So you’re an architecture lover, but modern architecture with all those steel and glass buildings don’t appeal to you? No worries. The colonial cities of Mexico could be an excellent alternative. There are several of them throughout the country.
Or let’s simply say you love that nostalgia feeling that emanates from old places. Each house, each plaza, each building is waiting to tell its own story and you’re eager to listen.
Whatever your motive is, I highly recommend visiting these places. In this article, I will talk a little about some popular destinations within this realm, in no particular order. If it sounds like something that might interest you, please keep on reading.
For Starters, What Are Colonial Cities?
A short history lesson here. Mexico was a Spanish colony for approximately 300 years. It was named the Viceroyalty of New Spain. The Spanish Crown desired to expand its territory and to do this, it was necessary to build whole cities in the new world. That’s why they built several buildings, churches, and plazas that reflected the Spanish style of those times. Not to mention the lovely houses with balconies, flowerpots on their windows, white walls, terracotta flooring and roof tiles they were used to when living in Spain.
Colonial cities make us reminisce about those old times. Each government building, each plaza, each monument standing wherever you look is a vivid memory. Walking down those streets reminds us of who we are and why we’re the way we are.
Simply put, colonial cities date back from Colony times. The government has tried to preserve the essence of these places and that’s why it has enacted several laws to protect them from drastic changes.
That Sounds Boring!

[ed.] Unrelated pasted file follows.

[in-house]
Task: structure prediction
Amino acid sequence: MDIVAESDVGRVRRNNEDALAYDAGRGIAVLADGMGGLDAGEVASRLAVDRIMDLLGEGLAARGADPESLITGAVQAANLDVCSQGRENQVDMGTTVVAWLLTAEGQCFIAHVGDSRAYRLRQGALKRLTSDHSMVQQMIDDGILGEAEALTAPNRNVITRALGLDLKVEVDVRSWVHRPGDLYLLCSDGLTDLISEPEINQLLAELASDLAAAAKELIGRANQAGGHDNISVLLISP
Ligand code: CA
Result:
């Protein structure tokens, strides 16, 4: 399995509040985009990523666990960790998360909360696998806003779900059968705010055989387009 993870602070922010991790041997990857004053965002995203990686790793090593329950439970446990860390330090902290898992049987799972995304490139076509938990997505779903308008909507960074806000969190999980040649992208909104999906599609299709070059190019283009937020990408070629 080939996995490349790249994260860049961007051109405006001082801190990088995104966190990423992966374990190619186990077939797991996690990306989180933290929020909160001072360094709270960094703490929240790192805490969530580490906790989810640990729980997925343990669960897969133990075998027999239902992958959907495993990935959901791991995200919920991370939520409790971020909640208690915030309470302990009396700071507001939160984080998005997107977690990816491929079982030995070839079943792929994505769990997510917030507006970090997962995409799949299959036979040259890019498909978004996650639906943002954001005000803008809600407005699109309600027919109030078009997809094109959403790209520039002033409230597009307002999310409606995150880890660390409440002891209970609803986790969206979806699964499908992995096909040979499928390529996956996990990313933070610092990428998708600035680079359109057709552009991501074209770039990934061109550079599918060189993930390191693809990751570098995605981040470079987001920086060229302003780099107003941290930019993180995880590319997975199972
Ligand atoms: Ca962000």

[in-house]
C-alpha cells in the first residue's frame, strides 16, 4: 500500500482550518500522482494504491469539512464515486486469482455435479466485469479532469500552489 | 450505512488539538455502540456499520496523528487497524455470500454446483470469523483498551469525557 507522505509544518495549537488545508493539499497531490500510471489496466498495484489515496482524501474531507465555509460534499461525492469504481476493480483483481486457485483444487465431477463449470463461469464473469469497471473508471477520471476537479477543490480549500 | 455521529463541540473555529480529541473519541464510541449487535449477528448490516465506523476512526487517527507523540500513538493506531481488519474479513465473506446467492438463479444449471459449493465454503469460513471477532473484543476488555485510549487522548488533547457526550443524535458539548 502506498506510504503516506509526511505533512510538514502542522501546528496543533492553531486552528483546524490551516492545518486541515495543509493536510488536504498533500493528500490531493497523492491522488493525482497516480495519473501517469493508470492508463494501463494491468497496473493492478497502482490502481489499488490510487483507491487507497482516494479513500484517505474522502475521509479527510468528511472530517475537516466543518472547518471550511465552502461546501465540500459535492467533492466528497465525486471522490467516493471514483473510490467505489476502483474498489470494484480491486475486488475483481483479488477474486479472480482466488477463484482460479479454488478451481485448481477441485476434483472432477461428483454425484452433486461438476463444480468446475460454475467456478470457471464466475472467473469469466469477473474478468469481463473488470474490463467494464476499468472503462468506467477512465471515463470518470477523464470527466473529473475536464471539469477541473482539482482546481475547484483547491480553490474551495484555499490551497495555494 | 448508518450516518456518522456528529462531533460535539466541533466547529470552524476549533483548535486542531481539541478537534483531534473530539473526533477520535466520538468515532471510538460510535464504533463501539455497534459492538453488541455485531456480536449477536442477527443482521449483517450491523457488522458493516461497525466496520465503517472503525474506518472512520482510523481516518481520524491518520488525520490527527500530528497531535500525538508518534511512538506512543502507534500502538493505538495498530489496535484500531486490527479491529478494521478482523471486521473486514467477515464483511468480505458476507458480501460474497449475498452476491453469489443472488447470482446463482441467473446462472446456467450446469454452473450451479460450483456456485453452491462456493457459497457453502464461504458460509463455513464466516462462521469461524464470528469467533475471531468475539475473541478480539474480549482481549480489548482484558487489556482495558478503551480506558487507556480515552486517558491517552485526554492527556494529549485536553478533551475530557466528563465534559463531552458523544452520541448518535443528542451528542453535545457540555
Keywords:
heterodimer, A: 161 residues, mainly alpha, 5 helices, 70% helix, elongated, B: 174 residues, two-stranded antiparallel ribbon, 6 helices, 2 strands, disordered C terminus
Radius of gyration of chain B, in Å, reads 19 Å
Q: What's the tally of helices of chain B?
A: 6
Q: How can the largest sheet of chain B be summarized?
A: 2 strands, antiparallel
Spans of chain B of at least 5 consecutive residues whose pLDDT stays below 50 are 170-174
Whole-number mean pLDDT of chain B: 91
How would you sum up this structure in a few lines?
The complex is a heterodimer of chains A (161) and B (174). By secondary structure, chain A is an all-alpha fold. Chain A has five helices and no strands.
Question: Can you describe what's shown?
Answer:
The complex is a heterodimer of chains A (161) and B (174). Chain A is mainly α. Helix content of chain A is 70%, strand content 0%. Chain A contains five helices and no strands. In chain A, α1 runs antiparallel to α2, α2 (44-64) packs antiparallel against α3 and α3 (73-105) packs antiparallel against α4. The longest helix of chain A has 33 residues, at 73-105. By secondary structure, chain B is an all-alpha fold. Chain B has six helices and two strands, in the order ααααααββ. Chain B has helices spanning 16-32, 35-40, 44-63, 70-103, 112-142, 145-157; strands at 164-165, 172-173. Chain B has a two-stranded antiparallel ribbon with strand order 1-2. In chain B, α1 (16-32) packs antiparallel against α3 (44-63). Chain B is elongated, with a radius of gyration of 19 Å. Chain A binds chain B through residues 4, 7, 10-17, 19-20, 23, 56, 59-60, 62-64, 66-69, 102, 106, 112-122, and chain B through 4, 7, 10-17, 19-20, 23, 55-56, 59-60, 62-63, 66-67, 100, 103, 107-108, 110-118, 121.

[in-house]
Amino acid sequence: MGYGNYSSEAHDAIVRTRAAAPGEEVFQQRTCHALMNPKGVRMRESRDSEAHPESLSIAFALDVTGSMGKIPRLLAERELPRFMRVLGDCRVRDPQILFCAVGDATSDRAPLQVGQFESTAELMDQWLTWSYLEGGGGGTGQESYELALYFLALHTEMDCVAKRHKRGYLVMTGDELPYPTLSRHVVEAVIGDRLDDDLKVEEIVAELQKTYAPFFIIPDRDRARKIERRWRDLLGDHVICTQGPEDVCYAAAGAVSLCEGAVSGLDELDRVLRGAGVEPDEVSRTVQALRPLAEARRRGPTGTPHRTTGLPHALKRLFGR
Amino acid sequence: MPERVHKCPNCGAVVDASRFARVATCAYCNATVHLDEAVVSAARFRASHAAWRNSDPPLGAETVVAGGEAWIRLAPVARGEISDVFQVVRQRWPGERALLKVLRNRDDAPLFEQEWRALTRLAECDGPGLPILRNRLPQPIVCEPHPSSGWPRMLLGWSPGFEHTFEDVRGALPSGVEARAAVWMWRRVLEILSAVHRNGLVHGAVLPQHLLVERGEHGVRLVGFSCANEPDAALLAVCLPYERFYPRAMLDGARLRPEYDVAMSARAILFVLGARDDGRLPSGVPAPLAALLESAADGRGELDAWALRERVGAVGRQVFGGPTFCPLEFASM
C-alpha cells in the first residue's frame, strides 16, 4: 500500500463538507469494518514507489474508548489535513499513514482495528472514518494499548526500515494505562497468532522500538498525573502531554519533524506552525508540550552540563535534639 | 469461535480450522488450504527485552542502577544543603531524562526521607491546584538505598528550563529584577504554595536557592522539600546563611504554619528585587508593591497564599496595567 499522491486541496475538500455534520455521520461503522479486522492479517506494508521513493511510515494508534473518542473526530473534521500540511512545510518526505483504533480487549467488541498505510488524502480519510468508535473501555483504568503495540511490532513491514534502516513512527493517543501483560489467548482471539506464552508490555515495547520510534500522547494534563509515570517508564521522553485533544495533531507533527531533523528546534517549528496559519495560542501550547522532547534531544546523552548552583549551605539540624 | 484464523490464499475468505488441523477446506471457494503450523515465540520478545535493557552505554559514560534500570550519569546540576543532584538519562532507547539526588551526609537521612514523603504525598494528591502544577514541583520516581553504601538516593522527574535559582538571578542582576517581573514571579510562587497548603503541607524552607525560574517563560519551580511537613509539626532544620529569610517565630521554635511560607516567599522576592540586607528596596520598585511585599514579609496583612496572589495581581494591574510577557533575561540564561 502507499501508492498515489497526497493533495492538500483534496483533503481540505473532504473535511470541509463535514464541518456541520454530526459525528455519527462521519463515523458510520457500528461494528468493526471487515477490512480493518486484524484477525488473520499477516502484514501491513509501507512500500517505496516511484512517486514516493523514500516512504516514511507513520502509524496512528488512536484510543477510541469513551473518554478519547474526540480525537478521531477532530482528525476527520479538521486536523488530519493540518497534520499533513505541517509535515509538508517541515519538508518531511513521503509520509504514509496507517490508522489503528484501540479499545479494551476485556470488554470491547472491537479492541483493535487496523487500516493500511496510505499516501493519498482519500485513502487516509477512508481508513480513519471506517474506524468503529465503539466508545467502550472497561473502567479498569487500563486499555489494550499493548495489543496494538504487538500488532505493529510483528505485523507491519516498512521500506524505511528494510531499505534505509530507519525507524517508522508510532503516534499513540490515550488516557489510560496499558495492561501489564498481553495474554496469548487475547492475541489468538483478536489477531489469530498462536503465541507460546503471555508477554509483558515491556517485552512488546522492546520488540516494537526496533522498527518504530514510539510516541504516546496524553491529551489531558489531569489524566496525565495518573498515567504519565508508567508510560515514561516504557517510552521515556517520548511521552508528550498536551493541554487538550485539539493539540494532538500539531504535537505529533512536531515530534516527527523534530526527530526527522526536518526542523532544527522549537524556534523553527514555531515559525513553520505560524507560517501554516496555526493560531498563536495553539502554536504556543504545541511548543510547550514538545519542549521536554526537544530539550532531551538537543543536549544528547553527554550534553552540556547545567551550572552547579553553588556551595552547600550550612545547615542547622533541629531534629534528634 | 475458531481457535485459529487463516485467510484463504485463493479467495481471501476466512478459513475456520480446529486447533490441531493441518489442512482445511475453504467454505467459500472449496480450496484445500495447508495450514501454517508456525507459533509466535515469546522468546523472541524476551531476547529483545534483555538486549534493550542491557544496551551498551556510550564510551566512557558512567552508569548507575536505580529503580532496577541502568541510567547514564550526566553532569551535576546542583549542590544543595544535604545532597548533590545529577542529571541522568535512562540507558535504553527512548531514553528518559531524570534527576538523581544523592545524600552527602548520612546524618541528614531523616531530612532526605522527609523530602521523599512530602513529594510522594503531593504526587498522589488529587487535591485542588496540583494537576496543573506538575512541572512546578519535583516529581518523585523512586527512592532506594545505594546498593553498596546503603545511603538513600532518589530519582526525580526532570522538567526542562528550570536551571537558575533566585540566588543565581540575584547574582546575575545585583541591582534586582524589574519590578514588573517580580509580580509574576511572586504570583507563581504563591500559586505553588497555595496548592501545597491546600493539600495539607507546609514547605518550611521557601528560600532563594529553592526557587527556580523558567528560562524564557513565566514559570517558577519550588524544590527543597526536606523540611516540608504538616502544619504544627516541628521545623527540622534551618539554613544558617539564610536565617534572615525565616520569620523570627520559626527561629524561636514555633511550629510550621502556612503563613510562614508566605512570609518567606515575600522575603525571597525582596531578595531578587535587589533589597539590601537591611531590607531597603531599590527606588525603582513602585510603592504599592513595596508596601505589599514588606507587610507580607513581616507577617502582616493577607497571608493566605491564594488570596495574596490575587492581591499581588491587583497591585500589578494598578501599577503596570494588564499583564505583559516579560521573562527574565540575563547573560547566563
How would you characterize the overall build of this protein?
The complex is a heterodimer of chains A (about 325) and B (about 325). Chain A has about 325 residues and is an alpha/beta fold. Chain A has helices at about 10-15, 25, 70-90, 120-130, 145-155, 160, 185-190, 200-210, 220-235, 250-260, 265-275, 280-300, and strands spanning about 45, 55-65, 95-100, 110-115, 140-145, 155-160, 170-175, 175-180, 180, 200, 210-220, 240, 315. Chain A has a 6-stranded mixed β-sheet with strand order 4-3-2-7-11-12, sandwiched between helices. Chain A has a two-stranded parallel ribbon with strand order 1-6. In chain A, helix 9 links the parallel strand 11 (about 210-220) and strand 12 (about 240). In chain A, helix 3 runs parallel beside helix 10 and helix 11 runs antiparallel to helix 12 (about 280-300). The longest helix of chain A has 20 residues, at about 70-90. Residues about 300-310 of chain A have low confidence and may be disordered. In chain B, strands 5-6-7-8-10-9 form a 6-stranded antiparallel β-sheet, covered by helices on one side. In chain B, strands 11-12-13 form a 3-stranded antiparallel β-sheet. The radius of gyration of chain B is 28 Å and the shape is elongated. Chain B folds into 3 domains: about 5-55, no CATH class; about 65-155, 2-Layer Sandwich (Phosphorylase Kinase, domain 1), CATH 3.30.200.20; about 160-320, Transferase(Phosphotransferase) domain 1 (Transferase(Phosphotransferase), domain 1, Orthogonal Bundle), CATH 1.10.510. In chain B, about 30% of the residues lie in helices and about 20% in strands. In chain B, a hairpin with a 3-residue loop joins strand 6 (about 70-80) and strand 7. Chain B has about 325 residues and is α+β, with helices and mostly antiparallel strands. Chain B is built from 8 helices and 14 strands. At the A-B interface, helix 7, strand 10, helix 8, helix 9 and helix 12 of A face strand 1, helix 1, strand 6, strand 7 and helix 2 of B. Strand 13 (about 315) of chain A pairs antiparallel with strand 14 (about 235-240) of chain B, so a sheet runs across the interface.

Not at all! Each colonial city has something unique to it. They all share some similarities, but none of them are identical. Sure, you can find old buildings, churches, plazas and old houses in all of them, but you can do lots of different things either when traveling solo or with somebody else.
If you’re into history, you will be mesmerized by all you can find. I love visiting museums and churches to learn about their history. The historic artifacts and all the art I see are beyond me. The good thing is you can find this everywhere!
But it’s not all about history and art. There are places where you can ride hot air balloons, visit a vineyard, participate in parades, take a stroll in the woods, do some bird watching, take a legend/ghost tour, ride a cable car, explore an ancient mine, go zip lining or simply ride a trolley. Oh, and need I say you will be able to capture awesome pictures anywhere you go?
Whether there are only adults in your group or there are some kids, you will always find something to do. Have I caught your attention yet?
Okay, Give Me Some Ideas
Excellent! These are some colonial cites I recommend checking out:
- Guanajuato City
- San Miguel de Allende
- Zacatecas City
- Queretaro City
- Oaxaca City
- Puebla City
The list above is in no particular order. Below I’ll briefly describe each one.
I think most Mexicans have visited this city at least once in their lives. It’s actually one of my favorite spots. One of the main characteristics of Guanajuato is its alleys. They’re everywhere! You can spend hours wandering through them, admiring the old houses all along and taking lots of cool pictures. There is also an observation deck on top of a hill where you get a superb view of the city at night.
You can’t miss out on callejoneadas! You will wander through the alleys, singing and dancing to the old Spanish style. It’s a must if you visit. I also recommend planning a visit during the Cervantino Festival in October. The city hosts this art festival each year.